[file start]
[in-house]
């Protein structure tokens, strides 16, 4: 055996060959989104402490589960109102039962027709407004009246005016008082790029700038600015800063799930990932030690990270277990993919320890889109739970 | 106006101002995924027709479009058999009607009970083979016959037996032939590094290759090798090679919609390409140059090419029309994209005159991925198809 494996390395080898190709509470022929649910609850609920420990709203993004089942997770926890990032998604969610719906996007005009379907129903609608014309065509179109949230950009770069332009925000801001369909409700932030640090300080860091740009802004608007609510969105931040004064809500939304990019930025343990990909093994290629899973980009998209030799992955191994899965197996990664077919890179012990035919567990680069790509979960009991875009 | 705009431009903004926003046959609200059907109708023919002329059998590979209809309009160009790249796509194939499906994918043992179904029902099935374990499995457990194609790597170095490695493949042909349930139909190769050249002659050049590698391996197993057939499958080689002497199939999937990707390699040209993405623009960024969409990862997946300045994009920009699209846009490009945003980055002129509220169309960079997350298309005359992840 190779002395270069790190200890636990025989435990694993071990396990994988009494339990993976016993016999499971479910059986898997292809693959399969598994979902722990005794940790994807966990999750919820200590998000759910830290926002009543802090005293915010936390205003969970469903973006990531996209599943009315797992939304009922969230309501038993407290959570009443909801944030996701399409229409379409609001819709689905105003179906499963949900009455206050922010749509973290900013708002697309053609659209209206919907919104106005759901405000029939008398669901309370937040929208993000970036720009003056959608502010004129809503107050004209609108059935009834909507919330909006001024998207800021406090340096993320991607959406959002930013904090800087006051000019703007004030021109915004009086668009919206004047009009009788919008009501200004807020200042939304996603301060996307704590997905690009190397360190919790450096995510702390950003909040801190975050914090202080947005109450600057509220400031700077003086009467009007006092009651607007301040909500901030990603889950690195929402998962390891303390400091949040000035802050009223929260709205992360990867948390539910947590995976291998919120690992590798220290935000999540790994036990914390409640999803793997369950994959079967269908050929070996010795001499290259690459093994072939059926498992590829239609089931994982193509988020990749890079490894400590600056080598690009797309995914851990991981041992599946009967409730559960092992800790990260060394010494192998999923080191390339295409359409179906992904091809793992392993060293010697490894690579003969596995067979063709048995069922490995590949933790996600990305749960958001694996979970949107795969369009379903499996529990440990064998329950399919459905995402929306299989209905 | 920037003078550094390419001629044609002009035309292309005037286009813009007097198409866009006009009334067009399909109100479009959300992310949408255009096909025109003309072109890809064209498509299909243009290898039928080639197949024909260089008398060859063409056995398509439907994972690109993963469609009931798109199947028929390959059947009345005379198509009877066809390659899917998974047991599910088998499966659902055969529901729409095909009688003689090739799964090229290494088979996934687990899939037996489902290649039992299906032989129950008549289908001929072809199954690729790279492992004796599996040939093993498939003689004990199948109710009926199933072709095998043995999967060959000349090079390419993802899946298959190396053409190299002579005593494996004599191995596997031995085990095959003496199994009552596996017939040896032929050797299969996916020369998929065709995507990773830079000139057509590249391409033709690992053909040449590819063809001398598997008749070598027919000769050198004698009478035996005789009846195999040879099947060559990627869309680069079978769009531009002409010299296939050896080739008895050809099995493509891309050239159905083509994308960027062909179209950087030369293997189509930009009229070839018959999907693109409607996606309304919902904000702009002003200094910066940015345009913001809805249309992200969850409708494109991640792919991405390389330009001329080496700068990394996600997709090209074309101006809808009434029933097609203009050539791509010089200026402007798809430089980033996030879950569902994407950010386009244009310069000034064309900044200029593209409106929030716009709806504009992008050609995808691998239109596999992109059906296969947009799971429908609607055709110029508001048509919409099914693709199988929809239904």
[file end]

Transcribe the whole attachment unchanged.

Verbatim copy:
[in-house]
């Protein structure tokens, strides 16, 4: 055996060959989104402490589960109102039962027709407004009246005016008082790029700038600015800063799930990932030690990270277990993919320890889109739970 | 106006101002995924027709479009058999009607009970083979016959037996032939590094290759090798090679919609390409140059090419029309994209005159991925198809 494996390395080898190709509470022929649910609850609920420990709203993004089942997770926890990032998604969610719906996007005009379907129903609608014309065509179109949230950009770069332009925000801001369909409700932030640090300080860091740009802004608007609510969105931040004064809500939304990019930025343990990909093994290629899973980009998209030799992955191994899965197996990664077919890179012990035919567990680069790509979960009991875009 | 705009431009903004926003046959609200059907109708023919002329059998590979209809309009160009790249796509194939499906994918043992179904029902099935374990499995457990194609790597170095490695493949042909349930139909190769050249002659050049590698391996197993057939499958080689002497199939999937990707390699040209993405623009960024969409990862997946300045994009920009699209846009490009945003980055002129509220169309960079997350298309005359992840 190779002395270069790190200890636990025989435990694993071990396990994988009494339990993976016993016999499971479910059986898997292809693959399969598994979902722990005794940790994807966990999750919820200590998000759910830290926002009543802090005293915010936390205003969970469903973006990531996209599943009315797992939304009922969230309501038993407290959570009443909801944030996701399409229409379409609001819709689905105003179906499963949900009455206050922010749509973290900013708002697309053609659209209206919907919104106005759901405000029939008398669901309370937040929208993000970036720009003056959608502010004129809503107050004209609108059935009834909507919330909006001024998207800021406090340096993320991607959406959002930013904090800087006051000019703007004030021109915004009086668009919206004047009009009788919008009501200004807020200042939304996603301060996307704590997905690009190397360190919790450096995510702390950003909040801190975050914090202080947005109450600057509220400031700077003086009467009007006092009651607007301040909500901030990603889950690195929402998962390891303390400091949040000035802050009223929260709205992360990867948390539910947590995976291998919120690992590798220290935000999540790994036990914390409640999803793997369950994959079967269908050929070996010795001499290259690459093994072939059926498992590829239609089931994982193509988020990749890079490894400590600056080598690009797309995914851990991981041992599946009967409730559960092992800790990260060394010494192998999923080191390339295409359409179906992904091809793992392993060293010697490894690579003969596995067979063709048995069922490995590949933790996600990305749960958001694996979970949107795969369009379903499996529990440990064998329950399919459905995402929306299989209905 | 920037003078550094390419001629044609002009035309292309005037286009813009007097198409866009006009009334067009399909109100479009959300992310949408255009096909025109003309072109890809064209498509299909243009290898039928080639197949024909260089008398060859063409056995398509439907994972690109993963469609009931798109199947028929390959059947009345005379198509009877066809390659899917998974047991599910088998499966659902055969529901729409095909009688003689090739799964090229290494088979996934687990899939037996489902290649039992299906032989129950008549289908001929072809199954690729790279492992004796599996040939093993498939003689004990199948109710009926199933072709095998043995999967060959000349090079390419993802899946298959190396053409190299002579005593494996004599191995596997031995085990095959003496199994009552596996017939040896032929050797299969996916020369998929065709995507990773830079000139057509590249391409033709690992053909040449590819063809001398598997008749070598027919000769050198004698009478035996005789009846195999040879099947060559990627869309680069079978769009531009002409010299296939050896080739008895050809099995493509891309050239159905083509994308960027062909179209950087030369293997189509930009009229070839018959999907693109409607996606309304919902904000702009002003200094910066940015345009913001809805249309992200969850409708494109991640792919991405390389330009001329080496700068990394996600997709090209074309101006809808009434029933097609203009050539791509010089200026402007798809430089980033996030879950569902994407950010386009244009310069000034064309900044200029593209409106929030716009709806504009992008050609995808691998239109596999992109059906296969947009799971429908609607055709110029508001048509919409099914693709199988929809239904």